The adult body contains 2.5-5 g of iron, approximately two-thirds of which is present in hemoglobin. Other essential iron-containing systems include muscle myoglobin (3%) and a variety of iron-containing enzymes (5-15%), including cytochromes. In addition to the role of iron in oxygen transfer via hemoglobin and myoglobin, iron is involved in energy metabolism and also affects neural myelina-tion and neurotransmitter metabolism. Iron stores vary considerably but may represent up to 30% of body iron, and iron that circulates with transferrin represents less than 1% of body iron. Men have a higher concentration of iron per kilogram body weight than women because they have larger erythrocyte mass and iron stores.
More than 90% of body iron is conserved through the recycling of iron through the reticuloendothelial system (Figure 1). Iron is transported through the body by the protein transferrin, which carries up to two iron atoms. The distribution of iron to body tissues is mediated by transferrin receptors (TfRs), which are upregulated in the face of increased tissue demand for iron. The transferrin/ TfR complex is internalized via cell invagination, iron is released into the cell cytosol, and transferrin is recycled back to the cell surface.
In hematopoietic cells, iron is used to produce hemoglobin through its combination with zinc protoporphyrin to form heme. Therefore, protopor-phyrin accumulates relative to hemoglobin in red blood cells during iron deficiency. Mature red blood cells circulate in the body for approximately 120 days before being destroyed. Macrophage cells of the liver and spleen phagocytize senescent red blood cells and the iron released in this process is recycled back to the circulation or, when iron is readily available, incorporated with ferritin or hemosiderin for storage. A typical ferritin molecule may contain 2000 iron atoms. Hemosiderin is a less soluble variant of ferritin that may contain even greater amounts of iron.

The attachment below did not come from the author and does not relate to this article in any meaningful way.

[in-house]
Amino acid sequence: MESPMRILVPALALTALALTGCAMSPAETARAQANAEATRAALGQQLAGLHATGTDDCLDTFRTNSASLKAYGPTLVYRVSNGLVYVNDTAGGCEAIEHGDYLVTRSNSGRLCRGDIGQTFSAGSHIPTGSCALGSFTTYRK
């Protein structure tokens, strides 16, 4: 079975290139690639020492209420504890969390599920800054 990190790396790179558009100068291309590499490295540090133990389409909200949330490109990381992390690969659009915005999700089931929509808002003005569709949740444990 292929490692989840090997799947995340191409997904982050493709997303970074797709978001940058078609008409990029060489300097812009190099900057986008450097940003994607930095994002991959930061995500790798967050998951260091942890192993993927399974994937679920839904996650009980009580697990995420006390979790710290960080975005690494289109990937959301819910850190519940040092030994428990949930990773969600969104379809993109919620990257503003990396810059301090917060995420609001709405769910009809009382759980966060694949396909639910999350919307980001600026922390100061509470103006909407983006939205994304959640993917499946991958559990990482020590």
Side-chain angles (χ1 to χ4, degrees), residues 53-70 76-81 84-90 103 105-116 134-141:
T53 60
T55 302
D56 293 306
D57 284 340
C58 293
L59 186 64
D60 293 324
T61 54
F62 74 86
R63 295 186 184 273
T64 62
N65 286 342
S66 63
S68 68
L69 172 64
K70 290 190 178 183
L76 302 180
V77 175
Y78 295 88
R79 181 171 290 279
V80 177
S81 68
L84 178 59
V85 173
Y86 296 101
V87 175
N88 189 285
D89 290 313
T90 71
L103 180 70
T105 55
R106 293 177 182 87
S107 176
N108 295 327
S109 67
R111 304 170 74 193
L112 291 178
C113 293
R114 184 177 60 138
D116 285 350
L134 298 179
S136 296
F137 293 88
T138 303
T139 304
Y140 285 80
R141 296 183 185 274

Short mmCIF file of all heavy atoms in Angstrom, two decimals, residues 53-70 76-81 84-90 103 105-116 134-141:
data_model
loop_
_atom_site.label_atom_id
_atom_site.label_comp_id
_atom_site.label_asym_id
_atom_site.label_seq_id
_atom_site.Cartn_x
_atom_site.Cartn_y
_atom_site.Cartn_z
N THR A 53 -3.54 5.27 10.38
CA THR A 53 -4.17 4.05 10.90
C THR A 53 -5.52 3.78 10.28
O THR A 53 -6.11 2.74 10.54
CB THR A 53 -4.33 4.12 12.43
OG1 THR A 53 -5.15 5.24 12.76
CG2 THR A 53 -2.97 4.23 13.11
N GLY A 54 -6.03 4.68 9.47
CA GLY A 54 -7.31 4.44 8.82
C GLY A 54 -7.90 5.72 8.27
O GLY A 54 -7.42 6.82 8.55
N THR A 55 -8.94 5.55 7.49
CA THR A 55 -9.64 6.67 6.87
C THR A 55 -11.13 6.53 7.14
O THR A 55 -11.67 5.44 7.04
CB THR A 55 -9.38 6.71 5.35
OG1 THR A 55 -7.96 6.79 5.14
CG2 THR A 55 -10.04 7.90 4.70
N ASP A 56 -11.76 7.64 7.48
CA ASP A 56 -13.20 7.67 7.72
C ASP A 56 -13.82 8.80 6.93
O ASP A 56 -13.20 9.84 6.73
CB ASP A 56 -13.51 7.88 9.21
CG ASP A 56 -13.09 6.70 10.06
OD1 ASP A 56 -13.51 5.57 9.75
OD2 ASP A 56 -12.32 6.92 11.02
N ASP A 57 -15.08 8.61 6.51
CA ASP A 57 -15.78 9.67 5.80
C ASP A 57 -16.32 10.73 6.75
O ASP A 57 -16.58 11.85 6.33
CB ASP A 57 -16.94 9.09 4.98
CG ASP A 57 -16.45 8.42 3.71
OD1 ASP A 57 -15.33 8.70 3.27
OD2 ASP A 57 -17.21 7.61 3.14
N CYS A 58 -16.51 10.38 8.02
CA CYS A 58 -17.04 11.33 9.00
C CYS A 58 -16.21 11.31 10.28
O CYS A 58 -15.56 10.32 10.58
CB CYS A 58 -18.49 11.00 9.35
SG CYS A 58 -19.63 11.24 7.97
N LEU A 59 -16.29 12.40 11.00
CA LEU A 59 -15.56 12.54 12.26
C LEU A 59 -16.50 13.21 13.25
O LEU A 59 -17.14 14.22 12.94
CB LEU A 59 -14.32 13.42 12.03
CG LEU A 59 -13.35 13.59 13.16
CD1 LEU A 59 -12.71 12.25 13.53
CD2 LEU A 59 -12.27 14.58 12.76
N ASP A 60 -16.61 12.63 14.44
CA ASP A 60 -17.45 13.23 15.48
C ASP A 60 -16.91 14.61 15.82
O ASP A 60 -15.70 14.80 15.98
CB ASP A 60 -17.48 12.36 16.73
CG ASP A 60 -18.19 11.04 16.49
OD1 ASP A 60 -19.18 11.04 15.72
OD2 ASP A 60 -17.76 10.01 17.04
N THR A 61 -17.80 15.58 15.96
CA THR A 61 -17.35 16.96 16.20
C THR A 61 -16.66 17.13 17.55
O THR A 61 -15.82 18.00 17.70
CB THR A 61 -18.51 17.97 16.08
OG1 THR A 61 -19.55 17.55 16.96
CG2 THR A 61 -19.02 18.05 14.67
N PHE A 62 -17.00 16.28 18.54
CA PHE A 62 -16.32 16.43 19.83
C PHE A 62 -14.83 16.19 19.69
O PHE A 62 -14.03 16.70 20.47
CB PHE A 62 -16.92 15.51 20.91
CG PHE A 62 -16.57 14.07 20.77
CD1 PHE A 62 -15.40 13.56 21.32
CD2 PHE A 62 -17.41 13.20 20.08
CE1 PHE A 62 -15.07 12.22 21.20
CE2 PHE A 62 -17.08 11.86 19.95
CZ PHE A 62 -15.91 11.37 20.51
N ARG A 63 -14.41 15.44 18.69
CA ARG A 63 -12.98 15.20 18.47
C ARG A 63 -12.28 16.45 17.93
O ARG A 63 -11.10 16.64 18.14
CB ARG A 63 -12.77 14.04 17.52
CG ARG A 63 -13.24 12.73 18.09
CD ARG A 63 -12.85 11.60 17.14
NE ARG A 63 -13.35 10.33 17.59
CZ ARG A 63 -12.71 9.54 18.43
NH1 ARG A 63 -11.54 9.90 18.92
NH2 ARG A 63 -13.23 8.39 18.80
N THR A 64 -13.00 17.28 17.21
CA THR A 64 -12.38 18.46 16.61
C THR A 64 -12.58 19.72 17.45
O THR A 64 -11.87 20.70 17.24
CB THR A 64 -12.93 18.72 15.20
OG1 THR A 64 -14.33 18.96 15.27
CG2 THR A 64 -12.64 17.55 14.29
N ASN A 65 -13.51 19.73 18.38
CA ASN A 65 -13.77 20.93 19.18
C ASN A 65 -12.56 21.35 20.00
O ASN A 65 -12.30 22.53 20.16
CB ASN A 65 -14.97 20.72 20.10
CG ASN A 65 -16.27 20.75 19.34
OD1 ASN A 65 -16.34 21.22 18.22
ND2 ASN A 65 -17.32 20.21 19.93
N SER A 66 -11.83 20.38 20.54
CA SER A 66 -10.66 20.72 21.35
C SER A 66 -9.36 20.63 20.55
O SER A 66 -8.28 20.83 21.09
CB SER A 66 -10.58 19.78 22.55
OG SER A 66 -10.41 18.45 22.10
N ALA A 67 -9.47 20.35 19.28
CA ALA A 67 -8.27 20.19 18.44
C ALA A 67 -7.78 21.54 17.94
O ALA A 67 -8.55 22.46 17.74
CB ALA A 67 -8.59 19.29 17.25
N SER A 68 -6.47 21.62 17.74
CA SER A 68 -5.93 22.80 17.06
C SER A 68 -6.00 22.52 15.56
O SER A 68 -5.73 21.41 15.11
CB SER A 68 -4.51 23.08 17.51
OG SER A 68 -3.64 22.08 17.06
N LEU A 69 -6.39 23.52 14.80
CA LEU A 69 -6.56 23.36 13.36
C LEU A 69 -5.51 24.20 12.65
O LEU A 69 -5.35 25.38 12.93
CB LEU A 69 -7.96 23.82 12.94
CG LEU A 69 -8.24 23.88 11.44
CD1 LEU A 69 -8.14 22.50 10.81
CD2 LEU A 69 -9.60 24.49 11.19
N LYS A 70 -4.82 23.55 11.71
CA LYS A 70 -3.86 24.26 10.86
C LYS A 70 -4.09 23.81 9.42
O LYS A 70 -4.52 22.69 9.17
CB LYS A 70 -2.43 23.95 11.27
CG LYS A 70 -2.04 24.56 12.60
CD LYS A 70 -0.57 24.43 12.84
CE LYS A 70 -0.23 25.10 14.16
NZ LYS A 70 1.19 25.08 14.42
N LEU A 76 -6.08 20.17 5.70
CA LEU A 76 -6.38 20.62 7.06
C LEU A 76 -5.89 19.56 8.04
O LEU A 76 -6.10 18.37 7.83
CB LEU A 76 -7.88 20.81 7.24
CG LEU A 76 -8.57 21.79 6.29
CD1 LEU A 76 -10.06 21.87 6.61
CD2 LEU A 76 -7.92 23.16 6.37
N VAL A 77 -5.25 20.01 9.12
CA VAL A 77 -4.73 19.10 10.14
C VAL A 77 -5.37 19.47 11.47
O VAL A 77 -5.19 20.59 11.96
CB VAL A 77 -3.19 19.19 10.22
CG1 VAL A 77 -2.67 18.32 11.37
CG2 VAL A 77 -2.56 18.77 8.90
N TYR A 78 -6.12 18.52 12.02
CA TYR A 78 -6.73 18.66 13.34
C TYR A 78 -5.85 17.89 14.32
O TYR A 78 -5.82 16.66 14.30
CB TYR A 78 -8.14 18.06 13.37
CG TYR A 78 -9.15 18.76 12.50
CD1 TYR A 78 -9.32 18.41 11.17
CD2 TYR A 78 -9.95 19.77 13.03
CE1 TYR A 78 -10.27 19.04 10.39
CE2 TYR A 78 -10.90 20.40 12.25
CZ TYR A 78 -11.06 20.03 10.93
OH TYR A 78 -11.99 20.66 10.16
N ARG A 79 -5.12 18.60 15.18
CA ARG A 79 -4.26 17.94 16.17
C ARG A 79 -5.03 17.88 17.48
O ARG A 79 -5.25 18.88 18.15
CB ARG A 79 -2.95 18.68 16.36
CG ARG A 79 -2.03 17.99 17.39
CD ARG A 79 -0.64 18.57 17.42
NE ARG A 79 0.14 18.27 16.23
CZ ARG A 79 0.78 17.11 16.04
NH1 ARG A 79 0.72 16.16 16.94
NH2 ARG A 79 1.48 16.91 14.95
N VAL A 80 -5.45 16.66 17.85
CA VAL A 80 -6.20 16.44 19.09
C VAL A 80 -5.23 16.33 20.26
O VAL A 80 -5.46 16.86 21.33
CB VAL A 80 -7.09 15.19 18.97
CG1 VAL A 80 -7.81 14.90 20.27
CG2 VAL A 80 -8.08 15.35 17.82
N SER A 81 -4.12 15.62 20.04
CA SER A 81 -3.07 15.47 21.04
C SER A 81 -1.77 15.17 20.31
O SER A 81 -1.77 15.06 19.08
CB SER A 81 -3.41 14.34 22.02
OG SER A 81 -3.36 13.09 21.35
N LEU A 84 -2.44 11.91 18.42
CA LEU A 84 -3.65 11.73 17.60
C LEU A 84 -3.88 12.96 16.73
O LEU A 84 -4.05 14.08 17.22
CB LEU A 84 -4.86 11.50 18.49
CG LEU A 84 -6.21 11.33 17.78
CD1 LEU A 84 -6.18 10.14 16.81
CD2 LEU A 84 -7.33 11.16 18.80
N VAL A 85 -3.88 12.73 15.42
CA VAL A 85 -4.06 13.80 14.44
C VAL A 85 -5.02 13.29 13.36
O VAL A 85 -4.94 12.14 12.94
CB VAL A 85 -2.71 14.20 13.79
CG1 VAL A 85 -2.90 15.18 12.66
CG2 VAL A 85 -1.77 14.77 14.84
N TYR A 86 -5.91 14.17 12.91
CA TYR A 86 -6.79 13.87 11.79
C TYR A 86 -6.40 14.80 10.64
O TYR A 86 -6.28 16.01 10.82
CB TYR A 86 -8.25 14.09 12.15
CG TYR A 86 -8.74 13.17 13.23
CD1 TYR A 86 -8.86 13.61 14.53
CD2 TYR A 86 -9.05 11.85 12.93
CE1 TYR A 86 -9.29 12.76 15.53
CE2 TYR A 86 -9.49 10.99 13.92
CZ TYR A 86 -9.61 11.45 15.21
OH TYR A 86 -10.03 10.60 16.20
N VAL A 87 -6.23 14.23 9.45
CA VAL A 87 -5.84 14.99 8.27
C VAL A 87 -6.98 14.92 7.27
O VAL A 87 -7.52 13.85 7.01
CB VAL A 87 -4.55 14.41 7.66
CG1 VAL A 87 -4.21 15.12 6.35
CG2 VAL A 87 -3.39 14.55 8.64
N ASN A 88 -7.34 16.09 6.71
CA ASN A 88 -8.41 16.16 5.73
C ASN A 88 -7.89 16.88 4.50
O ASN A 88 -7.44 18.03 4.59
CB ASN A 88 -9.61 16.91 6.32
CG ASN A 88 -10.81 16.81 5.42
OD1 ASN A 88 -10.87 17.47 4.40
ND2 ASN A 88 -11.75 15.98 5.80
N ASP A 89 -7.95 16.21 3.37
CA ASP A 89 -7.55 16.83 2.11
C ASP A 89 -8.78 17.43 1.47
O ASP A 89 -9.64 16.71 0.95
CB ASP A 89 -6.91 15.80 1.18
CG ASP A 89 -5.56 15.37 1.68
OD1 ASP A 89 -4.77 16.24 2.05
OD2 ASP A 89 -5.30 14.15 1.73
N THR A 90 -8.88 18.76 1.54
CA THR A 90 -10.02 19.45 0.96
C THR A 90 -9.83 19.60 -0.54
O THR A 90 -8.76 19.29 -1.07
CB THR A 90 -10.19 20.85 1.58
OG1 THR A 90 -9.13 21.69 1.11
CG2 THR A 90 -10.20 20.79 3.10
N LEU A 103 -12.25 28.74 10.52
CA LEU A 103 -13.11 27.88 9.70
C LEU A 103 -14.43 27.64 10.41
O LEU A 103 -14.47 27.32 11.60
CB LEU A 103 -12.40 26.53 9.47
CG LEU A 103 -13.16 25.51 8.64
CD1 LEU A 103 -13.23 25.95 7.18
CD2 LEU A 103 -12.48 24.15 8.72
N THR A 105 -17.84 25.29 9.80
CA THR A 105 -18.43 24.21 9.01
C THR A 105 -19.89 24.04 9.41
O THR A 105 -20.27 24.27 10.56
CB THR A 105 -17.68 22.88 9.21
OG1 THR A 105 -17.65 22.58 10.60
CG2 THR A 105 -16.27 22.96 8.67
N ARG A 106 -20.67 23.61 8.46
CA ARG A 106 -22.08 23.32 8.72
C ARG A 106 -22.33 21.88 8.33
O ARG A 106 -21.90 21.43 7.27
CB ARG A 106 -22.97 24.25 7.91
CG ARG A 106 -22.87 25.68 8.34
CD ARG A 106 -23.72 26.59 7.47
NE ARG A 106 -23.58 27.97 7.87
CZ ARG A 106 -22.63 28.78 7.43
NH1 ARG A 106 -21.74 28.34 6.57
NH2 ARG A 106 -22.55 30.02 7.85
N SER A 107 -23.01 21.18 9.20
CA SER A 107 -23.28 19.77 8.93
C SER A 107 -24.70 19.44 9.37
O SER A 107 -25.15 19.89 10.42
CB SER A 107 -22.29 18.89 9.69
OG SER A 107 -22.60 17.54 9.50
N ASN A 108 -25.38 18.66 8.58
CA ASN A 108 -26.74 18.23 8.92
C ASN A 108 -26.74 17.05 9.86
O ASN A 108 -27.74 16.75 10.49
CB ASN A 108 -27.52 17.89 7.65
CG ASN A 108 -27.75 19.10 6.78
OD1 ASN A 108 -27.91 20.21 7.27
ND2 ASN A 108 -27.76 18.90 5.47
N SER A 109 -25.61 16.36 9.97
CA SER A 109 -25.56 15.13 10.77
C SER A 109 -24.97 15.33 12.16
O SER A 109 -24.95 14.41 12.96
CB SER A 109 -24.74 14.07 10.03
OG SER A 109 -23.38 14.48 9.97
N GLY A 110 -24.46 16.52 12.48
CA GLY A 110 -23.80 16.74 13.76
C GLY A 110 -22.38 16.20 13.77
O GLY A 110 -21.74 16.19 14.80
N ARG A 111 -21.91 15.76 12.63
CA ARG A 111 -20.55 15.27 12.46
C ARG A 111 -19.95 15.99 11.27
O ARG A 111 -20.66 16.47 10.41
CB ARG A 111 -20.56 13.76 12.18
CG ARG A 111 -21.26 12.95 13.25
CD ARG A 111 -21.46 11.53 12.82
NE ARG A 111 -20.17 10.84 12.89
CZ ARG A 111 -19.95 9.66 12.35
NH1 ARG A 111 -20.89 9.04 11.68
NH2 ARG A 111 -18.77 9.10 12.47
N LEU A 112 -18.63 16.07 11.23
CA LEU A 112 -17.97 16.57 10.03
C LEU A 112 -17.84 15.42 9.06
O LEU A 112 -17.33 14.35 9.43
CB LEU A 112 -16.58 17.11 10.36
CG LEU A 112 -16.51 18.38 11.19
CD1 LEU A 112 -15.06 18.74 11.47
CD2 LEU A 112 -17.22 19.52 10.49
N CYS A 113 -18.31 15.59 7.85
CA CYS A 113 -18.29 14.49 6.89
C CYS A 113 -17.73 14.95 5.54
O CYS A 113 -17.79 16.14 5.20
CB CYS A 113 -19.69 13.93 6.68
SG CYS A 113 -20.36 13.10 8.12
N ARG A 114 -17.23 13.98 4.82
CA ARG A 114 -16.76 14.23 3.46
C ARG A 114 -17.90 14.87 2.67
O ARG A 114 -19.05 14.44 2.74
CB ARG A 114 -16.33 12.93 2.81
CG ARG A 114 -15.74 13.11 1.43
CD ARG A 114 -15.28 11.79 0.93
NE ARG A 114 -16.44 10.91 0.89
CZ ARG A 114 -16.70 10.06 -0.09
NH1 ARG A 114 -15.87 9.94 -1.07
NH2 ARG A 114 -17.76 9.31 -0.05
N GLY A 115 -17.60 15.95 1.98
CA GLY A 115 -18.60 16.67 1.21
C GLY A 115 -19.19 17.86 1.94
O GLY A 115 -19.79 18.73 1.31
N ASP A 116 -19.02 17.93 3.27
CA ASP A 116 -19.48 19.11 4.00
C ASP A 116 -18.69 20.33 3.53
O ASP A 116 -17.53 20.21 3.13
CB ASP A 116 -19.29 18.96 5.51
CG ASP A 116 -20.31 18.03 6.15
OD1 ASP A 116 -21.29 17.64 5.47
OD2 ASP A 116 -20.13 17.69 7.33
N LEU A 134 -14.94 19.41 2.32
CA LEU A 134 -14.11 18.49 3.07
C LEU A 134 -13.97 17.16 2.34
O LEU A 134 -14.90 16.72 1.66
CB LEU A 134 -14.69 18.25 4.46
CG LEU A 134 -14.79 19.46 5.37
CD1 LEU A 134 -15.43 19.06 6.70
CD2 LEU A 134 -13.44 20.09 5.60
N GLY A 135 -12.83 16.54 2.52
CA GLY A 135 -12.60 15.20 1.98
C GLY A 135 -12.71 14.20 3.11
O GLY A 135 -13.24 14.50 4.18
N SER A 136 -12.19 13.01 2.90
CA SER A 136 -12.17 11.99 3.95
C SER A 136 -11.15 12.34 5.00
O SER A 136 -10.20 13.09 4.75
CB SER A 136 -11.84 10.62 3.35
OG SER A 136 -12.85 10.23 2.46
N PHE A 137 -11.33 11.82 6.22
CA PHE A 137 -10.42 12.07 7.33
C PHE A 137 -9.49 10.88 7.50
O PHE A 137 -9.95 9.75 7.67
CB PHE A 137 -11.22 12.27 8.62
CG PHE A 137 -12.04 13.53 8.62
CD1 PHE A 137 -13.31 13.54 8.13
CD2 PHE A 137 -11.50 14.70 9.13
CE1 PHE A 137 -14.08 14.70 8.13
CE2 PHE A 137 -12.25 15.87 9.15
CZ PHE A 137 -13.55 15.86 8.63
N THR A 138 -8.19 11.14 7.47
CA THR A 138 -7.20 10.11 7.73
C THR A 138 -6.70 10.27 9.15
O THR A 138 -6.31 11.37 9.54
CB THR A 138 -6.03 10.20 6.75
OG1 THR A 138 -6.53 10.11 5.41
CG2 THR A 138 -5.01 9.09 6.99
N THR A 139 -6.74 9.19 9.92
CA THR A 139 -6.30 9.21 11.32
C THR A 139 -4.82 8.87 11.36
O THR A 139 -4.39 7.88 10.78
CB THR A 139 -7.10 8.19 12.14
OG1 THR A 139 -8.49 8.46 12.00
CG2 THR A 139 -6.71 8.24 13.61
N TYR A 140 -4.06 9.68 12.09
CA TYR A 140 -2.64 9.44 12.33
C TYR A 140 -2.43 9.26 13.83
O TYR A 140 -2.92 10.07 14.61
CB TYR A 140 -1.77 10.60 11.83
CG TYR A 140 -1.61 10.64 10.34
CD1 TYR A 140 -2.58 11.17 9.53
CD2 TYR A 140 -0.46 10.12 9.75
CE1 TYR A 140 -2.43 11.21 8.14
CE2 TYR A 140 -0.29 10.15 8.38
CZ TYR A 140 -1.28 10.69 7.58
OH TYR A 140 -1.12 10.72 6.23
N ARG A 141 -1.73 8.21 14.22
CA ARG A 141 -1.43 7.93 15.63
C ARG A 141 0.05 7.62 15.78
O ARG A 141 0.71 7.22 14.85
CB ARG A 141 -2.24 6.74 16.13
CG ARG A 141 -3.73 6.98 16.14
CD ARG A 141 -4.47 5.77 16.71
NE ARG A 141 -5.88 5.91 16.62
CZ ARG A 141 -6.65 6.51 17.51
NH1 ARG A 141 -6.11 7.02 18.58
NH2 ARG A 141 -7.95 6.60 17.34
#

The production of transferrin receptors and ferritin is regulated by iron response proteins (IRPs) that 'sense' intracellular iron concentrations and interact with iron response elements (IREs) of protein mRNA. When cellular iron concentrations are low, the IRP-IRE interaction works to prevent translation of mRNA to ferritin or to stabilize mRNA to enhance the translation of transferrin receptors. Identifying other proteins regulated through the IRP-IRE interaction is an area of particular interest. Although body iron is highly conserved, daily basal losses of iron of mg/day do occur even in healthy individuals. These basal losses occur primarily through the gastrointestinal tract (in bile, sloughing of ferritin-containing enterocytes, and via blood loss), and sweat and urine are additional minor sources of iron loss (Figure 1). Iron losses are not strictly regulated; rather, iron balance is achieved through the regulation of dietary iron absorption.
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